Sugar "Kane" Kowalczyk
Bianchigirll is offline  
Likes For Bianchigirll:
Old 01-23-24, 11:38 PM
  #5  
Stop reading my posts!
 
unworthy1's Avatar
 
Join Date: Sep 2004
Posts: 12,575
Mentioned: 89 Post(s)
Tagged: 0 Thread(s)
Quoted: 1440 Post(s)
Liked 1,059 Times in 784 Posts
the last thing you want to be is antsy when installing sewups, you have enough trouble so breathe!

Don't know why certain European makes call a 700C tire 28" but they do when it comes to tubulars. Maybe just to make newbies more antsy!
unworthy1 is offline  
Old 01-24-24, 01:35 AM
  #6  
Ride, Wrench, Swap, Race
 
dddd's Avatar
 
Join Date: Jan 2010
Location: Northern California
Posts: 9,190

Bikes: Cheltenham-Pedersen racer, Boulder F/S Paris-Roubaix, Varsity racer, '52 Christophe, '62 Continental, '92 Merckx, '75 Limongi, '76 Presto, '72 Gitane SC, '71 Schwinn SS, etc.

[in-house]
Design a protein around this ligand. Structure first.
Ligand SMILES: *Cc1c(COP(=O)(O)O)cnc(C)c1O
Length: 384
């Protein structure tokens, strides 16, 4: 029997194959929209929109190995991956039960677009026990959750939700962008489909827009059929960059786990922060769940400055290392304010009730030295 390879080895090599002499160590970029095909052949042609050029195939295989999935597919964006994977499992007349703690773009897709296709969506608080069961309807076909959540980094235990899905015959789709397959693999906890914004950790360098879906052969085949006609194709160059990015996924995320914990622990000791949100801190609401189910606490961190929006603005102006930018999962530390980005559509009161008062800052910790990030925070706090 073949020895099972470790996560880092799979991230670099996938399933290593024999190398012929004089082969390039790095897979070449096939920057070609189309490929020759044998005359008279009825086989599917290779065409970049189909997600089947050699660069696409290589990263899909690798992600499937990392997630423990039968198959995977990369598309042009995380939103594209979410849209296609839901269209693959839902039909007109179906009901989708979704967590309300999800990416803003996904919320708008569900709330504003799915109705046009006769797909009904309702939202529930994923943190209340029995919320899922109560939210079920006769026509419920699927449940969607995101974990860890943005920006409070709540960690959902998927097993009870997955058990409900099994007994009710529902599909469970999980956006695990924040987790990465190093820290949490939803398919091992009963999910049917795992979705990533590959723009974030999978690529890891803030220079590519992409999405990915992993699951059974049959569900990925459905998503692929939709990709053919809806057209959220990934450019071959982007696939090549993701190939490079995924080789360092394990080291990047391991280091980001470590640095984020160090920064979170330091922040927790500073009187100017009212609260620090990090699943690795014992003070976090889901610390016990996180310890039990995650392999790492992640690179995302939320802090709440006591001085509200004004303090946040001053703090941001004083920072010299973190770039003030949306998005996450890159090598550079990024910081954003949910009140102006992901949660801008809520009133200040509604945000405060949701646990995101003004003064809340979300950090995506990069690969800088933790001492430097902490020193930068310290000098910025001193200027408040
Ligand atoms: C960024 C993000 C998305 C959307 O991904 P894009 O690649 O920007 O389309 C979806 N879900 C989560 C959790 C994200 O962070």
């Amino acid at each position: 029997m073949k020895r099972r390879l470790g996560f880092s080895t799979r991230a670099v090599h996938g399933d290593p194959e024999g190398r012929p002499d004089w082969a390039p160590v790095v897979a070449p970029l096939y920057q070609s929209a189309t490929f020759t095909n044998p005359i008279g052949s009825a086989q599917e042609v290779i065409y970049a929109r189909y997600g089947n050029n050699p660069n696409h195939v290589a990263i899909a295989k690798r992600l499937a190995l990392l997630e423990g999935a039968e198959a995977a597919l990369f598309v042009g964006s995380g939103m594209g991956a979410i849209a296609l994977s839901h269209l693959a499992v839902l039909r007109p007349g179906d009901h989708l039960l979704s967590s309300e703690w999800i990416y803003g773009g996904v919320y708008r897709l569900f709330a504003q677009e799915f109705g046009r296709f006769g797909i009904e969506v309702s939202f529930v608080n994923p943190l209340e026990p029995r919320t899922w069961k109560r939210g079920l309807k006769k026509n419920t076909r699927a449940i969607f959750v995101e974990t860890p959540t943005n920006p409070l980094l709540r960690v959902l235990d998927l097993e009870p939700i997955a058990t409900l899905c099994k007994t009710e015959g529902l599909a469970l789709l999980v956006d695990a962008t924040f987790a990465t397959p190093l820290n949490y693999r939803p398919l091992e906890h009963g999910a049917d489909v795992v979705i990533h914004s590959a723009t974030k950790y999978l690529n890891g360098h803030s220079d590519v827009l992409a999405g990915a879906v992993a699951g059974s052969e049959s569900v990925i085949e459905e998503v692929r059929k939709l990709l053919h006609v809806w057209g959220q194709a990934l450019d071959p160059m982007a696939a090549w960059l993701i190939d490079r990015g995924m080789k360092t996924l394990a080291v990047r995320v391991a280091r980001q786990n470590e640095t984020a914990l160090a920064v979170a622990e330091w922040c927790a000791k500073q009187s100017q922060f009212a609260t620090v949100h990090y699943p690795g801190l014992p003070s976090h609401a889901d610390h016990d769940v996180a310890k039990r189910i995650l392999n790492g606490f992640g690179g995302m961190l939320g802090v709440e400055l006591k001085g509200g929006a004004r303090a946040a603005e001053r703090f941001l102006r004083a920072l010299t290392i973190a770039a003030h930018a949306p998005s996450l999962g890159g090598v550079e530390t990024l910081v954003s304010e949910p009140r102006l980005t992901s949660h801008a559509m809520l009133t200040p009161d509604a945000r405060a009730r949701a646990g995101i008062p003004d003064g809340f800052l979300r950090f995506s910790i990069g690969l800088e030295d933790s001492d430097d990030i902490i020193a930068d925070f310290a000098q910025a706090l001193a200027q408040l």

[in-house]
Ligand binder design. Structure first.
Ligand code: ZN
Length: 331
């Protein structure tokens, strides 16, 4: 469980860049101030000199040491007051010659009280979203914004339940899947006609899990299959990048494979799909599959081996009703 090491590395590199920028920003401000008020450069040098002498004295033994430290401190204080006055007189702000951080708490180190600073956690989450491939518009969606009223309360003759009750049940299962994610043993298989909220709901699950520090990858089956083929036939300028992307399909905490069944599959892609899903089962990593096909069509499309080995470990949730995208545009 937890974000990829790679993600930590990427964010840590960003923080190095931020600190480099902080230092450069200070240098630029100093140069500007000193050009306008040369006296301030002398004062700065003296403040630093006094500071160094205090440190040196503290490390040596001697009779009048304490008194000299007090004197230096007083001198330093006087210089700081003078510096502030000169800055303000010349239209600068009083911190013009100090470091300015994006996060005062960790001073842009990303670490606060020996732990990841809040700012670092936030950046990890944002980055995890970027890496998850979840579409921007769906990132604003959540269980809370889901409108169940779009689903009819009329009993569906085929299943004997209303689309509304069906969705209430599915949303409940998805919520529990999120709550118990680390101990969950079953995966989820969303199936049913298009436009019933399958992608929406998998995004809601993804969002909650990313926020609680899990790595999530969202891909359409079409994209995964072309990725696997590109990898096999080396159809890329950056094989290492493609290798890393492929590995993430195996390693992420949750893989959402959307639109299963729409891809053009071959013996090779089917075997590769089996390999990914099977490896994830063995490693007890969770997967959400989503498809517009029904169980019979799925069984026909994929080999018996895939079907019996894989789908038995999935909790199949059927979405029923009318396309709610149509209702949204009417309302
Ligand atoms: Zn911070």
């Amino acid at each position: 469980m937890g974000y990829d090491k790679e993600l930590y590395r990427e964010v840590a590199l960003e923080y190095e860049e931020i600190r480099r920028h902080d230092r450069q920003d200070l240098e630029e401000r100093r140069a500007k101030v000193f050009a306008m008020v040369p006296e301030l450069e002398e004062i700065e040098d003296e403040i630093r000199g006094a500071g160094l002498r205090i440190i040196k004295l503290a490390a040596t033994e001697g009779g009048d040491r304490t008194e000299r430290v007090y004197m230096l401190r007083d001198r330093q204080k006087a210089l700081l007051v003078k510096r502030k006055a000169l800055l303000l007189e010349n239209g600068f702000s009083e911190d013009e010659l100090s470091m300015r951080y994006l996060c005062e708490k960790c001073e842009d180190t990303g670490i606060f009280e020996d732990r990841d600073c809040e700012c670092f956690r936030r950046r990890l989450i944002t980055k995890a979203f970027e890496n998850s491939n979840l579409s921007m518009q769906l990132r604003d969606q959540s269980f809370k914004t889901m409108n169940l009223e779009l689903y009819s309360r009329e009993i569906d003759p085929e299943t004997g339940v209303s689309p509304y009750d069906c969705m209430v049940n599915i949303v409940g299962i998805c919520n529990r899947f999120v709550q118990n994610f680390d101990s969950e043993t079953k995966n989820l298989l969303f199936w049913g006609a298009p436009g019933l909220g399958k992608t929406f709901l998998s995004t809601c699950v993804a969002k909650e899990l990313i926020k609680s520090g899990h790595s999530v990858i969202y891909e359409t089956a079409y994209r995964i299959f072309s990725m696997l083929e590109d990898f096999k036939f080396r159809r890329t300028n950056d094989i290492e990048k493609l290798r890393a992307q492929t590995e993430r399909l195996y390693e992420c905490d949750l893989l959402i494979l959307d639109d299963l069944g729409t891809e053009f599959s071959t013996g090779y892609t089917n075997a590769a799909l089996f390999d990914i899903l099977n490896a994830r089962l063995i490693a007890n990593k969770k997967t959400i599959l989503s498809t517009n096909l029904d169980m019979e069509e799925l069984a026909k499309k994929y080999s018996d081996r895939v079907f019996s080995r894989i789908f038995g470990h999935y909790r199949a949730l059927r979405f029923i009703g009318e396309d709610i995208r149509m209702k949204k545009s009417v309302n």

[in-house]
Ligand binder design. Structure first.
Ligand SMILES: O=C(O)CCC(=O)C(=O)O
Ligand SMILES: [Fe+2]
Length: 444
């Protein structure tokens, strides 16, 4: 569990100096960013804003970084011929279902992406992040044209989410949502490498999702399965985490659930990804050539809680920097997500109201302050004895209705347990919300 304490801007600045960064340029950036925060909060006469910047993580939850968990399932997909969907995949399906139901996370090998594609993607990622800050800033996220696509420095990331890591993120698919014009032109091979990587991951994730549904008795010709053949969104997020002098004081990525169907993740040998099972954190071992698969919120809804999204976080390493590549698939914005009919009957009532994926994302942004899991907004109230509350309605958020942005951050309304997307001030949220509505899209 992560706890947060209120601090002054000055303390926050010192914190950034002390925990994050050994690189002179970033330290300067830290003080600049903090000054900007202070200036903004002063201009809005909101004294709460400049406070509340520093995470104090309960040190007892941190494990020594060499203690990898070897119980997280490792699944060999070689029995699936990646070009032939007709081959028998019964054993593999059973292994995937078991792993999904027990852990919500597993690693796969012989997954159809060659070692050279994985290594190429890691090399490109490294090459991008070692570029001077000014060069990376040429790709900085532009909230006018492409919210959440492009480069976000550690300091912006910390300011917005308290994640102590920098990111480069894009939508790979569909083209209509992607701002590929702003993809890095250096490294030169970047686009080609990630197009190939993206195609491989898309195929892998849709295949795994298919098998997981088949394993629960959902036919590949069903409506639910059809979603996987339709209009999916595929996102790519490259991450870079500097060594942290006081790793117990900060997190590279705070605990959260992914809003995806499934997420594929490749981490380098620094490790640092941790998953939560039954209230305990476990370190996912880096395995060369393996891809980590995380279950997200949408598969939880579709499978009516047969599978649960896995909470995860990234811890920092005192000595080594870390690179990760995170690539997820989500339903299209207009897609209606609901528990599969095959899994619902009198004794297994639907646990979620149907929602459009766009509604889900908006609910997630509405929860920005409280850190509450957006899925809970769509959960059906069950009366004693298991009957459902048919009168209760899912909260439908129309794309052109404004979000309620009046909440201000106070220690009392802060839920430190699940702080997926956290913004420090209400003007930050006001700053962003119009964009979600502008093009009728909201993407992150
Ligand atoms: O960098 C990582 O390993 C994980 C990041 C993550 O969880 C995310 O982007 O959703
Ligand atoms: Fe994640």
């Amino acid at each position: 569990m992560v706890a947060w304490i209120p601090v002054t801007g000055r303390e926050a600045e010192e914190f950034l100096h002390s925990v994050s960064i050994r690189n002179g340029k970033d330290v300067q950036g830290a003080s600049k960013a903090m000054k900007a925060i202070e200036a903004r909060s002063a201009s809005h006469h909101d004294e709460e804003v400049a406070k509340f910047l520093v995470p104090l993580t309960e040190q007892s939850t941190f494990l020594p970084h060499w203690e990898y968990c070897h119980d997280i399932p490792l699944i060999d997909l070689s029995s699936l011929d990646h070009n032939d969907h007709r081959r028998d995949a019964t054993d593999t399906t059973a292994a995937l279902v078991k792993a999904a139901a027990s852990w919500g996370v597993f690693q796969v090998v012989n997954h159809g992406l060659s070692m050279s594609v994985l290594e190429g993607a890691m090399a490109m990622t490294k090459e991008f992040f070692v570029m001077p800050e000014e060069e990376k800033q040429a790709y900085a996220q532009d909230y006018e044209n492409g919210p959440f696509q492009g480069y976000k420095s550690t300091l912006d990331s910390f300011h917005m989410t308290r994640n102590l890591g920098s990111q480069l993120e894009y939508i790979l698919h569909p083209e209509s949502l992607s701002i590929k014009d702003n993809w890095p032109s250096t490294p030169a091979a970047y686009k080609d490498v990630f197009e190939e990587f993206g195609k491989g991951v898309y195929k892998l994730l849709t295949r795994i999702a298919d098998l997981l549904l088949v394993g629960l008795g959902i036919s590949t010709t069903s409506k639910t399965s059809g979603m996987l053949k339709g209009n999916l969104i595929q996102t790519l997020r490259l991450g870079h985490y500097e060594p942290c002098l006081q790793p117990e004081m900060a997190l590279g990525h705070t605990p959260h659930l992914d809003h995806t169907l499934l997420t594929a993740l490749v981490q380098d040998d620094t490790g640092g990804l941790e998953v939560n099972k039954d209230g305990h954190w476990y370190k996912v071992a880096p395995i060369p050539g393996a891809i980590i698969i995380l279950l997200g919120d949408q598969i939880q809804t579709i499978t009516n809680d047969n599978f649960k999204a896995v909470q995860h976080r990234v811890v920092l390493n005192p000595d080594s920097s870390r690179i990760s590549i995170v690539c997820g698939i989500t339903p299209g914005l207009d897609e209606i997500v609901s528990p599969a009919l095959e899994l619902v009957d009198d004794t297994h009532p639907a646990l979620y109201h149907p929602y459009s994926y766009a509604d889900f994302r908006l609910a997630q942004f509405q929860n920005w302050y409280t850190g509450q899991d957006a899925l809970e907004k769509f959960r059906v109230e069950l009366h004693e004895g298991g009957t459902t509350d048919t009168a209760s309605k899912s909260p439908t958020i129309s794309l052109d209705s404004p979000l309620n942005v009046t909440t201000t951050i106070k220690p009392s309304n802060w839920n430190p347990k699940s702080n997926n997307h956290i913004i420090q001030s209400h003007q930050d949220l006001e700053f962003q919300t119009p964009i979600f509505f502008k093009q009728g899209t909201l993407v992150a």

Mentioned: 132 Post(s)
Tagged: 0 Thread(s)
Quoted: 1565 Post(s)
Liked 1,294 Times in 864 Posts
Originally Posted by unworthy1
the last thing you want to be is antsy when installing sewups, you have enough trouble so breathe!

Don't know why certain European makes call a 700C tire 28" but they do when it comes to tubulars. Maybe just to make newbies more antsy!
The 28" designation refers to the OD of the mounted tire.
But in this day and age, the tires that fit on 700c/28" rims aren't fatties that would have inflated to 28", they are tires that evolved into the skinny 700c tubulars of recent decades, still mounted to the same, very-old-sized 700c rims.

Don't expect durability from cheap tubulars such as the Rally, Giro, or Yellow Jersey and such. They tend to suffer a variety of failures not even related to punctures.